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Thus  I watched with interest the changes which could allude to larger change, during these elections. Simple little changes.
  • young people participating
  • technology being used
  • innovative campaigning involving ground activation
  • people standing up for their legal rights
  • a self aware people
Some perturbing ones.
  • people voting more for local rights, federal consequences being less visible
  • a divide beginning to happen …so called educated v less educated
Where this change will lead to, I am not sure. As with any change and an unsure future, one is apprehensive. But change can occur in only three forms:-
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Miracle/disaster
This would be the most unplanned and therefore most change inducing. Miracles seem to have disappeared nowadays, but when they do happen they have far reaching effects. Thousands of years ago Hazrat Musa crossed the Red Sea and Pharaoh was destroyed, but we live the effects of that moment till today. I don’t think we should be awaiting a miracle, as we have been these decades in Pakistan. As far as disaster is concerned, a disaster has occurred several times in our history, like 2010 floods etc. Disasters can be a set back for years, or worse a culmination, thus causing great change. There is an impending feeling of doom in this country and a fear that disaster is approaching.  Disregard it!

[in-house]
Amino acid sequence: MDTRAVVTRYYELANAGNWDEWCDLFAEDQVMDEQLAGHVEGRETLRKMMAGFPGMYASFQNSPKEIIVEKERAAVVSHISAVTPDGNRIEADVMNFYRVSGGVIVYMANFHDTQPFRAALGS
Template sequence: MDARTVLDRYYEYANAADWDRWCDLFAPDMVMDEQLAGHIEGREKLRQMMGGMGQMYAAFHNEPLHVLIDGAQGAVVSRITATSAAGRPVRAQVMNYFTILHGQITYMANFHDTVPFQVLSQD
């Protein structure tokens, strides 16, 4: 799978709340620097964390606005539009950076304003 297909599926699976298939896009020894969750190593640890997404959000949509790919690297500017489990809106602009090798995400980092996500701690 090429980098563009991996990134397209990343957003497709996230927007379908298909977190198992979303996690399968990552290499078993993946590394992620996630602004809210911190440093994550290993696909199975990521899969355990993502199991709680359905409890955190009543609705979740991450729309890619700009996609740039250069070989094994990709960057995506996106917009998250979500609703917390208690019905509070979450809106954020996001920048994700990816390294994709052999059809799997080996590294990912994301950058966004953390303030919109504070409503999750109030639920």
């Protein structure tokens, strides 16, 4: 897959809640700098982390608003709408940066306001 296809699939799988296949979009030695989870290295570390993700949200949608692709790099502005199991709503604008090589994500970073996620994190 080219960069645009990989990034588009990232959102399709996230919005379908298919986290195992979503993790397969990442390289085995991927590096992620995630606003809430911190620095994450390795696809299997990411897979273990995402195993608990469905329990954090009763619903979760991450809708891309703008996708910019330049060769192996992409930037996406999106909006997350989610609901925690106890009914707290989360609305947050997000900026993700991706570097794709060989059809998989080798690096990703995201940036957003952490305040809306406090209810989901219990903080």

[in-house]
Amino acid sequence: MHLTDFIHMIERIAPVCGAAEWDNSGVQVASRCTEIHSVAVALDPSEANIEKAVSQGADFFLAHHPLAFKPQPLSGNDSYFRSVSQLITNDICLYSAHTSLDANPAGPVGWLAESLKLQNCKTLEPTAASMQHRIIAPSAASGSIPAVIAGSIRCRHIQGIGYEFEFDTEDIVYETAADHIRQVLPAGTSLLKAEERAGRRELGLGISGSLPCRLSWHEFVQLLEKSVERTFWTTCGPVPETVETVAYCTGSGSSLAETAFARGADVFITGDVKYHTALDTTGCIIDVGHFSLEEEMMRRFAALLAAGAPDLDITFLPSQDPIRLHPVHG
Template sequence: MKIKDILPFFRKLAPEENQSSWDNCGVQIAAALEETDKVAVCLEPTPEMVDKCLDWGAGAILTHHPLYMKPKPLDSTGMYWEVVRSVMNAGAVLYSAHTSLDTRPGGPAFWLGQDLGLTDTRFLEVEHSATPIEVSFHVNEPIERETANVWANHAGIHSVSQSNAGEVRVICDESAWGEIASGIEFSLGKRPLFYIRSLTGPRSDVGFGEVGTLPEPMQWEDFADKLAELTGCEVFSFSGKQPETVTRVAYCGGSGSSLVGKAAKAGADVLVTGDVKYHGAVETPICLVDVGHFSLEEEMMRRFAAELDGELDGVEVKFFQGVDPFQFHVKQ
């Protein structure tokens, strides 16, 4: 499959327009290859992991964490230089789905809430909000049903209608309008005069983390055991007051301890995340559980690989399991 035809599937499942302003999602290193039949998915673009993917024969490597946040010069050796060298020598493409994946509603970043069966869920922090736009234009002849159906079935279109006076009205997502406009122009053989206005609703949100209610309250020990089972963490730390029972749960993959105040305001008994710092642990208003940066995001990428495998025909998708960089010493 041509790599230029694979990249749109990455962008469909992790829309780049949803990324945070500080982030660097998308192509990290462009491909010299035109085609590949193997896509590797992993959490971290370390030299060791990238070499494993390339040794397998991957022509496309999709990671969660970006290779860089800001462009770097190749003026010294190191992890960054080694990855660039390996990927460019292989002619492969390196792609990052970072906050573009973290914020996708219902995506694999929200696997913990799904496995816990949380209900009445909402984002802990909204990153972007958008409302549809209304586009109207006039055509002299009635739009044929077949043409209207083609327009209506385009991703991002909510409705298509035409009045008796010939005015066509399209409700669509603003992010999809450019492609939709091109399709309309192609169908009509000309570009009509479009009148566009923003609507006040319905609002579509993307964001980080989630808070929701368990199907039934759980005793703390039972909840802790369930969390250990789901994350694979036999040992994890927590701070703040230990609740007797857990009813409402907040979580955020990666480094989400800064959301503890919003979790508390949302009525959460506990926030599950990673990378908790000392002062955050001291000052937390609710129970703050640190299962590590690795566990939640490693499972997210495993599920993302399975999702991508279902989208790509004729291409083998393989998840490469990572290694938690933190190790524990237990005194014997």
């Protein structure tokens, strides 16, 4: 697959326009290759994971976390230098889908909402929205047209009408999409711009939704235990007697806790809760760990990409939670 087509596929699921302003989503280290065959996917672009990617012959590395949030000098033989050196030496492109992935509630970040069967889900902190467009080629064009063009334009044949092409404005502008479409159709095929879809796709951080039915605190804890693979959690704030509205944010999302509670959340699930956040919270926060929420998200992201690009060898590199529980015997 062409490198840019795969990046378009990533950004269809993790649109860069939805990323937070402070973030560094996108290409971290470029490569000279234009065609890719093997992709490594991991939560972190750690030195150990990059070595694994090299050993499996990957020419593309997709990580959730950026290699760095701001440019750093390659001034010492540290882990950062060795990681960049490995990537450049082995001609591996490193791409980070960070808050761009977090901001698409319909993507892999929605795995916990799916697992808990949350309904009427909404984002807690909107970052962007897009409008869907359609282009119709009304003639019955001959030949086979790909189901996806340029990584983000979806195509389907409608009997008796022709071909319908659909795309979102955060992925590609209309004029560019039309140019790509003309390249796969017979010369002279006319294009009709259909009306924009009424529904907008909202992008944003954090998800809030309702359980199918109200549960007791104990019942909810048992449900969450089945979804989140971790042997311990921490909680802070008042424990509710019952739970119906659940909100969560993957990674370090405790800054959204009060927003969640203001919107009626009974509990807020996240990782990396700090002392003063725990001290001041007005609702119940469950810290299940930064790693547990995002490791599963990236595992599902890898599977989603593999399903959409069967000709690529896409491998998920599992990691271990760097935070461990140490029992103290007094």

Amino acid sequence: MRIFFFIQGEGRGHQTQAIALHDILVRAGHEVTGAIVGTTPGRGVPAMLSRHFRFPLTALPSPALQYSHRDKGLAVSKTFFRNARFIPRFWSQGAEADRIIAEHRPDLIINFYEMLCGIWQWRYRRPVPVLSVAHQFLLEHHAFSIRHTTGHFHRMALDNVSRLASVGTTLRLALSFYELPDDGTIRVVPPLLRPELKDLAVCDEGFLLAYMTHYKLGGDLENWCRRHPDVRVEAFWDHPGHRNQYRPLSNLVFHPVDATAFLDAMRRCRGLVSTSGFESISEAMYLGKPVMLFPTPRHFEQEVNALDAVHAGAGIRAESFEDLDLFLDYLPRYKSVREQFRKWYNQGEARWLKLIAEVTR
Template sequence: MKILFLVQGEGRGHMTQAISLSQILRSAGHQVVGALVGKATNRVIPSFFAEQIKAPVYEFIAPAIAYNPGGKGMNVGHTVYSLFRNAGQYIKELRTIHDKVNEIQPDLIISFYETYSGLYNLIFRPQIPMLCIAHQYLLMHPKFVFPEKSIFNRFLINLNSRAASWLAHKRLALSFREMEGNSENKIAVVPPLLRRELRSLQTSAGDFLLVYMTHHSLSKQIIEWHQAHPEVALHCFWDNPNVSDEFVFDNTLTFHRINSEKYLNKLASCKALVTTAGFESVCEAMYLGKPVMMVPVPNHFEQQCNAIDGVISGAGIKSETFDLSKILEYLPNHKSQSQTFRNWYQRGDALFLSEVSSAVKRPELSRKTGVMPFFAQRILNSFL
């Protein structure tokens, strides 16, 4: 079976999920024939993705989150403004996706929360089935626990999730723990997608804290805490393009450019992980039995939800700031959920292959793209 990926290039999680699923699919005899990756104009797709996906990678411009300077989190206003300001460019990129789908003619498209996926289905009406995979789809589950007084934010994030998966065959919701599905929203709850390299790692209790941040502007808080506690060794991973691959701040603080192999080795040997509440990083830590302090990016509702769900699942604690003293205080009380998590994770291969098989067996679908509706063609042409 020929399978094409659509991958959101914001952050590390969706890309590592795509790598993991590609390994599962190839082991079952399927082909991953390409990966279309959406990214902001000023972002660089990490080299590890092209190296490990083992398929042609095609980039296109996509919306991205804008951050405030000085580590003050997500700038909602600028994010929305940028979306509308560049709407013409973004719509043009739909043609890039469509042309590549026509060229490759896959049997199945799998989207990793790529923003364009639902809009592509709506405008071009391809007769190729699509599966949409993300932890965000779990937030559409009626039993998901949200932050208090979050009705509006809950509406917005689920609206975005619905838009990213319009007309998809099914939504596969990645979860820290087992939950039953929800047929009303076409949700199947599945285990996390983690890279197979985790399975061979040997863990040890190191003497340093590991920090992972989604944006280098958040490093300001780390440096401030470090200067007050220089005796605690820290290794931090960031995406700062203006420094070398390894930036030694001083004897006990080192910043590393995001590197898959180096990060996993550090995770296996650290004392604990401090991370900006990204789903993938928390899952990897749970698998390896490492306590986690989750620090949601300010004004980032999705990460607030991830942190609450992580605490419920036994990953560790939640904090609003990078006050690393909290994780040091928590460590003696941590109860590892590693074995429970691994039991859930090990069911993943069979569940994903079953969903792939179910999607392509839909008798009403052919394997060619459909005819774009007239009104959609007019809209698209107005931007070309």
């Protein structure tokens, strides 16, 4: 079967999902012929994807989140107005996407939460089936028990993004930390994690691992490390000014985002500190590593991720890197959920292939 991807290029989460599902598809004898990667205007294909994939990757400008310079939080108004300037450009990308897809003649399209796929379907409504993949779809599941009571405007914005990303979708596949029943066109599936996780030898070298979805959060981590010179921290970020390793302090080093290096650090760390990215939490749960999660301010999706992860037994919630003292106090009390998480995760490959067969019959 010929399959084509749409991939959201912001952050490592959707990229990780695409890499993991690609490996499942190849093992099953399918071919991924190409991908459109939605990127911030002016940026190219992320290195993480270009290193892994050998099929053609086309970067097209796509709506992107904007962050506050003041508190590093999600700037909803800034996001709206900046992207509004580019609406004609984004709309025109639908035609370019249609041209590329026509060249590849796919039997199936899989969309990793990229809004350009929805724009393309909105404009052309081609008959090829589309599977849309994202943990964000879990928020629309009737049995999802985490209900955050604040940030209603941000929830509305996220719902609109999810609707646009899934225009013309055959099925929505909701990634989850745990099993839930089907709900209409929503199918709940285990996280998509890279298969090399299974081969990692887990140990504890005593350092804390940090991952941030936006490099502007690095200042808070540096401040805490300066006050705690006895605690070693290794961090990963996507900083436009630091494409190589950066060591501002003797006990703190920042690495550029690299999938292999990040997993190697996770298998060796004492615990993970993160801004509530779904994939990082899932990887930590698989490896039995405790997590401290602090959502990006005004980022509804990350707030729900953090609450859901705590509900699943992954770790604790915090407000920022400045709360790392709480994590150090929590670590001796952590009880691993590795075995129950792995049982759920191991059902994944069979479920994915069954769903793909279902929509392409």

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Revolution
Typically revolutions aim for utopia, they wipe out status quo and the new structures are set at utopian levels. Over time learning ensues and the revolution is institutionalized and disappears. Society starts reversing the effects of the revolution and it comes back to a more mid lane process..I don’t think we are ripe for revolution, as our belief platforms are too diverse.
China is a great example of the progressive effects of a revolution. Mao killed freely in the 40s-50s-60s. Later after his departure, in late 70s China opened up and the disciplines and hardships of Mao, led to a surge in the last 30 years.
Iran is a bad example of a revolution. A reversal of revolutionary zeal has led to a totalitarian state and the benefits of revolution have not transpired. Instead a bureaucracy has now replaced the zeal and it controls Iran. Similar events happened in the Soviet Union.
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Evolutionary Change
This has worked best over millenia of human development. Seemingly slow progress, but half a century on, a later generation looks back and says wonderingly, “look how that and that event has caused an evolution which has changed our lives.”